Some people visit Hiroshima as a day trip from Kyoto or Osaka, but I don’t really recommend this. The journey takes about 2.5 hours each way, which means 5 whole hours of your day will be eaten up by transport.
However, if you must do a day trip to Hiroshima, the most efficient way is probably on this tour, which includes both Hiroshima and Miyajima island. Just be prepared for a packed 12-hour day.
If you have more time, a better option is to make Hiroshima city your base for a few days and take day trips from Hiroshima to other places of interest. Here are three worthwhile Hiroshima day trip suggestions.
The floating red torii gate of Itsukushima shrine on Miyajima Island is one of the most iconic images of Japan. Itsukushima shrine is the second of the UNESCO World Heritage Sites in the Hiroshima area, the first one being the A-Bomb Dome.
This is the most popular day trip from Hiroshima, but there are a couple of things you should know before you set out.
Firstly, the torii gate is currently being renovated and is covered in scaffolding. No one is sure when the renovations will finish, but they are likely to continue well into 2020.
Another thing to keep in mind is that the gate is surrounded by water only at high tide. At other times, you can walk right up to it on solid ground.
Knowing that we wouldn’t be able to see its most famous landmark, we decided not to visit Miyajima on this trip.
I feel certain that I will return to Japan someday, so I don’t mind waiting to see it under better conditions. We also saw a similar floating torii gate at the Hakone shrine later on in our trip, so keep that in mind as an alternative.
If you do decide to go to Miyajima, there are two ways to get there from Hiroshima. You will definitely want to take option 1 if you have a JR rail pass. Not only is this way quicker, but it’s also free with the pass. Just be sure that the ferry you board is a JR ferry.
Option 1: From Hiroshima Station, take the JR Sanyo line train for 27 minutes to Miyajima-guchi Station. From there, walk five minutes to Miyajima-guchi Pier and take the JR Ferry for 10 minutes to reach Miyajima Pier.
Total cost: 600 yen one way (free with JR pass). Total journey time: 45 minutes to 1 hour.
Option 2: From the Matoba-cho tram stop, take tram No. 2 for 67 minutes to the Miyajima-guchi stop. From there, walk three minutes to the Miyajima-guchi Pier and take either the JR Ferry or the Matsudai Ferry for 10 minutes to reach Miyajima Pier.
Total cost: 450 yen one way. Total journey time: 1 hour 20 minutes to 1 hour 40 minutes.
You can save money by getting the Visit Hiroshima Tourist Pass in advance. It covers transport on all buses, trams and ferries and also includes discounts on attractions.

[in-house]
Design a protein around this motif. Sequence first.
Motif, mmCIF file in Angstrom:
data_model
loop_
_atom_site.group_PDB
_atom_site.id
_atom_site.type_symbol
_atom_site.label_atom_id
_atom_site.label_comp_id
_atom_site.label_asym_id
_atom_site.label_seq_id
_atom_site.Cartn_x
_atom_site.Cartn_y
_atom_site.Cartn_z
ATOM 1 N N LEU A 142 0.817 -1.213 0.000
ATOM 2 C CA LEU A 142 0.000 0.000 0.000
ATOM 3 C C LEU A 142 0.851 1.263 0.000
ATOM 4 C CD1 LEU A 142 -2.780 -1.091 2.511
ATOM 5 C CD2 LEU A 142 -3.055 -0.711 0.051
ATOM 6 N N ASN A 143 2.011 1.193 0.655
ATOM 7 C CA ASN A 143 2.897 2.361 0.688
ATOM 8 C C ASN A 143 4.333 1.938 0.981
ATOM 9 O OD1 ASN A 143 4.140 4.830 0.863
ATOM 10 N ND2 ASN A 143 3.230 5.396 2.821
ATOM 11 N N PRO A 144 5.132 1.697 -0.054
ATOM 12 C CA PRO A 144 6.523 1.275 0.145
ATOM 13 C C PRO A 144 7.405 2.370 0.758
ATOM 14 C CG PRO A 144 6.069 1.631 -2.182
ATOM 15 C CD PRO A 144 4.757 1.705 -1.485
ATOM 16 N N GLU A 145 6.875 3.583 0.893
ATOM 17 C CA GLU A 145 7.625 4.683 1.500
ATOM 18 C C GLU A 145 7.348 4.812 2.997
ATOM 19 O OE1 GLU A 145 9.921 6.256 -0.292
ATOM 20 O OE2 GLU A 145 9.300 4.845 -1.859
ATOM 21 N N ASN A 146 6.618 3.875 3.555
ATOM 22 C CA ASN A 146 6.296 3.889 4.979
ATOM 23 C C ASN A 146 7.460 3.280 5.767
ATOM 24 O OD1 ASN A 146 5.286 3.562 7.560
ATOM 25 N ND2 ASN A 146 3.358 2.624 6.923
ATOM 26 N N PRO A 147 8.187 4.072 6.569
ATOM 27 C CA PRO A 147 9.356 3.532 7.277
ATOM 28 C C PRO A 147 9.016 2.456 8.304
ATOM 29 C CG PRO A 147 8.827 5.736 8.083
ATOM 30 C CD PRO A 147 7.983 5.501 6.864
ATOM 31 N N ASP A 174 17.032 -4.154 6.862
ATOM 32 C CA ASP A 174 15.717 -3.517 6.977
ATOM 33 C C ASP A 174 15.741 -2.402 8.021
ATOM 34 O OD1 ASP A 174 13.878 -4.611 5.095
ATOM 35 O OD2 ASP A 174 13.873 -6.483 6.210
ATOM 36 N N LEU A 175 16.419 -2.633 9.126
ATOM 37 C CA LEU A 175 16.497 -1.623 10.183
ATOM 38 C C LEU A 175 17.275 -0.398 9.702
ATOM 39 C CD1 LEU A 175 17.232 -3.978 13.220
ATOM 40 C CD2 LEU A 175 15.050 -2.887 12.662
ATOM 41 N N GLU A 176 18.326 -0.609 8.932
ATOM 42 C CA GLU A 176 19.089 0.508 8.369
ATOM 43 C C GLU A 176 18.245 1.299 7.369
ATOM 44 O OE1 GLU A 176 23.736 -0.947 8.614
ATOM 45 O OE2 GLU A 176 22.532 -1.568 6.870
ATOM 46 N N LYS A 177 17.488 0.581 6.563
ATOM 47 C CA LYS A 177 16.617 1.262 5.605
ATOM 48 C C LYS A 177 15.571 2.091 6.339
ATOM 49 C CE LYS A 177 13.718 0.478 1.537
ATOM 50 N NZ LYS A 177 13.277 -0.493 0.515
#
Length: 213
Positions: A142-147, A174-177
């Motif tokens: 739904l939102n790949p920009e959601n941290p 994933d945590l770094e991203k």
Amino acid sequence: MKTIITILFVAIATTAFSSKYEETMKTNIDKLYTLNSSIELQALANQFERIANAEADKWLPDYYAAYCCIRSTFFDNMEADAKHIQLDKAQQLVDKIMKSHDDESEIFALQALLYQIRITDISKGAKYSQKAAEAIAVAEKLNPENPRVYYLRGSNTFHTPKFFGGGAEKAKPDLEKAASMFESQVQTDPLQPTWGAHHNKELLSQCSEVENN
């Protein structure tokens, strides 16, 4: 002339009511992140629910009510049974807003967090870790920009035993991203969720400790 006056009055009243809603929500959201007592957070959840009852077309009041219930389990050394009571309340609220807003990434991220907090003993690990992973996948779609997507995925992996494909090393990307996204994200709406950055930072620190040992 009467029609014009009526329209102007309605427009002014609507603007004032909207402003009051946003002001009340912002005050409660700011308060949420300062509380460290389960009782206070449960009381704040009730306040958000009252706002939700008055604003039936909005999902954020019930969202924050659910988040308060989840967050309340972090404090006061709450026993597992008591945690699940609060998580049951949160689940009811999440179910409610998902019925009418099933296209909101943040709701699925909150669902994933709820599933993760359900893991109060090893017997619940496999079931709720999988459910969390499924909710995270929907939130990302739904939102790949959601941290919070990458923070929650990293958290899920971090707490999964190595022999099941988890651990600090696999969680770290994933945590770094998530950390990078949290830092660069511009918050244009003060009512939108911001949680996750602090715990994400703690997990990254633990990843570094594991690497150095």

Shimanami Kaido Expressway
Nearly 60 kilometers long, this expressway includes 55 different bridges and connects 6 islands in the Seto Inland Sea. It has a separate lane that can be used by bicycles as well as pedestrians. This is one of the most popular long-distance cycling routes in Japan.
The expressway runs between Onomichi City in Hiroshima Prefecture and Imabari City in Ehime Prefecture. It’s a toll road for vehicles, but tolls are currently being waived for cyclists in an effort to encourage more cycle tourism to the area.
For nature lovers, the stunning Sandankyo Gorge makes a great day trip from Hiroshima. Fall is considered to be the best time to visit, thanks to fantastic fall foliage.
Trains to the gorge have been discontinued, making it difficult to access independently. You’re best off joining a tour, like this Sandankyo Valley boat ride and walking tour.
Take a boat down the Shiwagi river and through the beautiful Sandankyo gorge. Then, stroll through scenic forests, passing by five waterfalls, deep lagoons, glistening streams and huge boulders along the way.
Where to Stay in Hiroshima
K’s House Hiroshima Backpackers Hostel
A good choice for budget travelers, this hostel offer dorms as well as private rooms. You can choose either a room with a Western-style bed or a Japanese-style room with a tatami mat and futon.
Nick and I stayed in the Japanese-style room. As you can see from the photo, it’s pretty minimalist, but that’s exactly what traditional Japanese-style bedrooms are like.
We stayed in lots of these tatami mat rooms in hostels in Japan, because they’re usually the cheapest accommodation option. Everyone says staying in a ryokan is a must-do experience in Japan, but I never really saw the point. A ryokan is just a tatami mat room, after all.
Instead of paying hundreds of dollars to stay in a ryokan, you can just go to K’s house and have essentially the same experience at a fraction of the price.
And don’t worry, you do get a futon mattress to sleep on. They’re typically rolled up and stored in a cupboard during the day, which is why you don’t see them in the photo.
Rihga Royal Hotel Hiroshima
For something a bit more luxurious, Rihga Royal Hotel is one of the most highly recommended hotels in Hiroshima. The rooms are quite large, which is unusual in Japan, and the corner rooms have fantastic views out over the city.
Located just a short walk away from the Peace Park, the Rihga Royal makes a very convenient base for exploring Hiroshima.
I hope you find this Hiroshima itinerary helpful for planning your trip. And if you’ve already been to Hiroshima, what’s your favorite thing to do there? Share your experience in the comments below!